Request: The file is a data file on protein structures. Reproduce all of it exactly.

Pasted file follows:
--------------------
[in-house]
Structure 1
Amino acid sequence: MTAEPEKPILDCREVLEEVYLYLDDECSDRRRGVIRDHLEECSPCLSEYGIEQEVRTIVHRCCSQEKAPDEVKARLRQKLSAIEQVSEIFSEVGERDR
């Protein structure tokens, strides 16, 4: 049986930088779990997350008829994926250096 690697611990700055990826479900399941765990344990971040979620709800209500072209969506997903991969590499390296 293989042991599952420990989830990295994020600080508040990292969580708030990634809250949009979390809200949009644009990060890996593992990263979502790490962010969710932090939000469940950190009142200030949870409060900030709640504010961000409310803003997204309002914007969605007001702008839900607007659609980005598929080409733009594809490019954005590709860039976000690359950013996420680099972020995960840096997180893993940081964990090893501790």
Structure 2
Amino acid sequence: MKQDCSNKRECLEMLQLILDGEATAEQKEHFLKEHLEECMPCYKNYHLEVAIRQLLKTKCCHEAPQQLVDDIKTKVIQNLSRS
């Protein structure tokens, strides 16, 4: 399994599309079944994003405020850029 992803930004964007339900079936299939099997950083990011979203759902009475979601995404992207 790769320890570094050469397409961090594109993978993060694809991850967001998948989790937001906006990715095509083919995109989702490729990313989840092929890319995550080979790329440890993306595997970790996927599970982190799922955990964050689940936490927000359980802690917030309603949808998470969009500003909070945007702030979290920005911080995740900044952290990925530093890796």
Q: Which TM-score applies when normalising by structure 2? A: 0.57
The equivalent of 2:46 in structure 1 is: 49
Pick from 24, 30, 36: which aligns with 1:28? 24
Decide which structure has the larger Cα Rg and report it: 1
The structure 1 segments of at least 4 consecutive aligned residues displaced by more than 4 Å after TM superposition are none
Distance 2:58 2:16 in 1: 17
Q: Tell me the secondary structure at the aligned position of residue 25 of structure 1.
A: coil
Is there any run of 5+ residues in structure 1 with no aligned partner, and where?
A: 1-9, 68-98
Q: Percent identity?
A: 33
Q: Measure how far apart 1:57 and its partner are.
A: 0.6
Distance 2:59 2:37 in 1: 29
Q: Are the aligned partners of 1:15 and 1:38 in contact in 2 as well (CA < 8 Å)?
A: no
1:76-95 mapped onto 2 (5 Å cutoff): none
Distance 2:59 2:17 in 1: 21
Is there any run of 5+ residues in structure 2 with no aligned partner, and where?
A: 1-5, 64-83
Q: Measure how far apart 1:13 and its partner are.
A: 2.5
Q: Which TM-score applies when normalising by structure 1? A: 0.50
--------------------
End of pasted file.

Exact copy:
[in-house]
Structure 1
Amino acid sequence: MTAEPEKPILDCREVLEEVYLYLDDECSDRRRGVIRDHLEECSPCLSEYGIEQEVRTIVHRCCSQEKAPDEVKARLRQKLSAIEQVSEIFSEVGERDR
């Protein structure tokens, strides 16, 4: 049986930088779990997350008829994926250096 690697611990700055990826479900399941765990344990971040979620709800209500072209969506997903991969590499390296 293989042991599952420990989830990295994020600080508040990292969580708030990634809250949009979390809200949009644009990060890996593992990263979502790490962010969710932090939000469940950190009142200030949870409060900030709640504010961000409310803003997204309002914007969605007001702008839900607007659609980005598929080409733009594809490019954005590709860039976000690359950013996420680099972020995960840096997180893993940081964990090893501790």
Structure 2
Amino acid sequence: MKQDCSNKRECLEMLQLILDGEATAEQKEHFLKEHLEECMPCYKNYHLEVAIRQLLKTKCCHEAPQQLVDDIKTKVIQNLSRS
């Protein structure tokens, strides 16, 4: 399994599309079944994003405020850029 992803930004964007339900079936299939099997950083990011979203759902009475979601995404992207 790769320890570094050469397409961090594109993978993060694809991850967001998948989790937001906006990715095509083919995109989702490729990313989840092929890319995550080979790329440890993306595997970790996927599970982190799922955990964050689940936490927000359980802690917030309603949808998470969009500003909070945007702030979290920005911080995740900044952290990925530093890796």
Q: Which TM-score applies when normalising by structure 2? A: 0.57
The equivalent of 2:46 in structure 1 is: 49
Pick from 24, 30, 36: which aligns with 1:28? 24
Decide which structure has the larger Cα Rg and report it: 1
The structure 1 segments of at least 4 consecutive aligned residues displaced by more than 4 Å after TM superposition are none
Distance 2:58 2:16 in 1: 17
Q: Tell me the secondary structure at the aligned position of residue 25 of structure 1.
A: coil
Is there any run of 5+ residues in structure 1 with no aligned partner, and where?
A: 1-9, 68-98
Q: Percent identity?
A: 33
Q: Measure how far apart 1:57 and its partner are.
A: 0.6
Distance 2:59 2:37 in 1: 29
Q: Are the aligned partners of 1:15 and 1:38 in contact in 2 as well (CA < 8 Å)?
A: no
1:76-95 mapped onto 2 (5 Å cutoff): none
Distance 2:59 2:17 in 1: 21
Is there any run of 5+ residues in structure 2 with no aligned partner, and where?
A: 1-5, 64-83
Q: Measure how far apart 1:13 and its partner are.
A: 2.5
Q: Which TM-score applies when normalising by structure 1? A: 0.50